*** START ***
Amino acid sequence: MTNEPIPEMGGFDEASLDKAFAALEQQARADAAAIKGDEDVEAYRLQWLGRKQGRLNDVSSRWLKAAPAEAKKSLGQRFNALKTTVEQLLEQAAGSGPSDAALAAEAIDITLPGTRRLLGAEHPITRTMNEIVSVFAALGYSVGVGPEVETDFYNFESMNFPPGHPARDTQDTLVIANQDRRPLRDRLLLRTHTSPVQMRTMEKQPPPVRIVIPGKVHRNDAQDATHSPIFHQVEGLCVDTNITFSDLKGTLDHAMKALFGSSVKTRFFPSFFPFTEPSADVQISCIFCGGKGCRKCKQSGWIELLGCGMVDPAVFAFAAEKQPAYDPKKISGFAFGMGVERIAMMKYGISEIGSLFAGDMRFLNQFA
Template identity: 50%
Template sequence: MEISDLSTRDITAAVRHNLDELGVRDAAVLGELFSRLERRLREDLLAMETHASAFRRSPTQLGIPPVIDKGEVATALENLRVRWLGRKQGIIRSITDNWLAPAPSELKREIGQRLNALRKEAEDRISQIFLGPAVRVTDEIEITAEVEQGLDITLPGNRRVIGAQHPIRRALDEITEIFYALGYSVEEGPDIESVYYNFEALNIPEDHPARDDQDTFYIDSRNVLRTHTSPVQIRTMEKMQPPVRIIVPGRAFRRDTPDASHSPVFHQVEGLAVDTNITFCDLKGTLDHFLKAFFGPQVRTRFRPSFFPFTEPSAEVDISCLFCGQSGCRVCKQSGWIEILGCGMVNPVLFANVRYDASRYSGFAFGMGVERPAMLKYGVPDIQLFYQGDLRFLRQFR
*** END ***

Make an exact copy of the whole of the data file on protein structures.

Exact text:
Amino acid sequence: MTNEPIPEMGGFDEASLDKAFAALEQQARADAAAIKGDEDVEAYRLQWLGRKQGRLNDVSSRWLKAAPAEAKKSLGQRFNALKTTVEQLLEQAAGSGPSDAALAAEAIDITLPGTRRLLGAEHPITRTMNEIVSVFAALGYSVGVGPEVETDFYNFESMNFPPGHPARDTQDTLVIANQDRRPLRDRLLLRTHTSPVQMRTMEKQPPPVRIVIPGKVHRNDAQDATHSPIFHQVEGLCVDTNITFSDLKGTLDHAMKALFGSSVKTRFFPSFFPFTEPSADVQISCIFCGGKGCRKCKQSGWIELLGCGMVDPAVFAFAAEKQPAYDPKKISGFAFGMGVERIAMMKYGISEIGSLFAGDMRFLNQFA
Template identity: 50%
Template sequence: MEISDLSTRDITAAVRHNLDELGVRDAAVLGELFSRLERRLREDLLAMETHASAFRRSPTQLGIPPVIDKGEVATALENLRVRWLGRKQGIIRSITDNWLAPAPSELKREIGQRLNALRKEAEDRISQIFLGPAVRVTDEIEITAEVEQGLDITLPGNRRVIGAQHPIRRALDEITEIFYALGYSVEEGPDIESVYYNFEALNIPEDHPARDDQDTFYIDSRNVLRTHTSPVQIRTMEKMQPPVRIIVPGRAFRRDTPDASHSPVFHQVEGLAVDTNITFCDLKGTLDHFLKAFFGPQVRTRFRPSFFPFTEPSAEVDISCLFCGQSGCRVCKQSGWIEILGCGMVNPVLFANVRYDASRYSGFAFGMGVERPAMLKYGVPDIQLFYQGDLRFLRQFR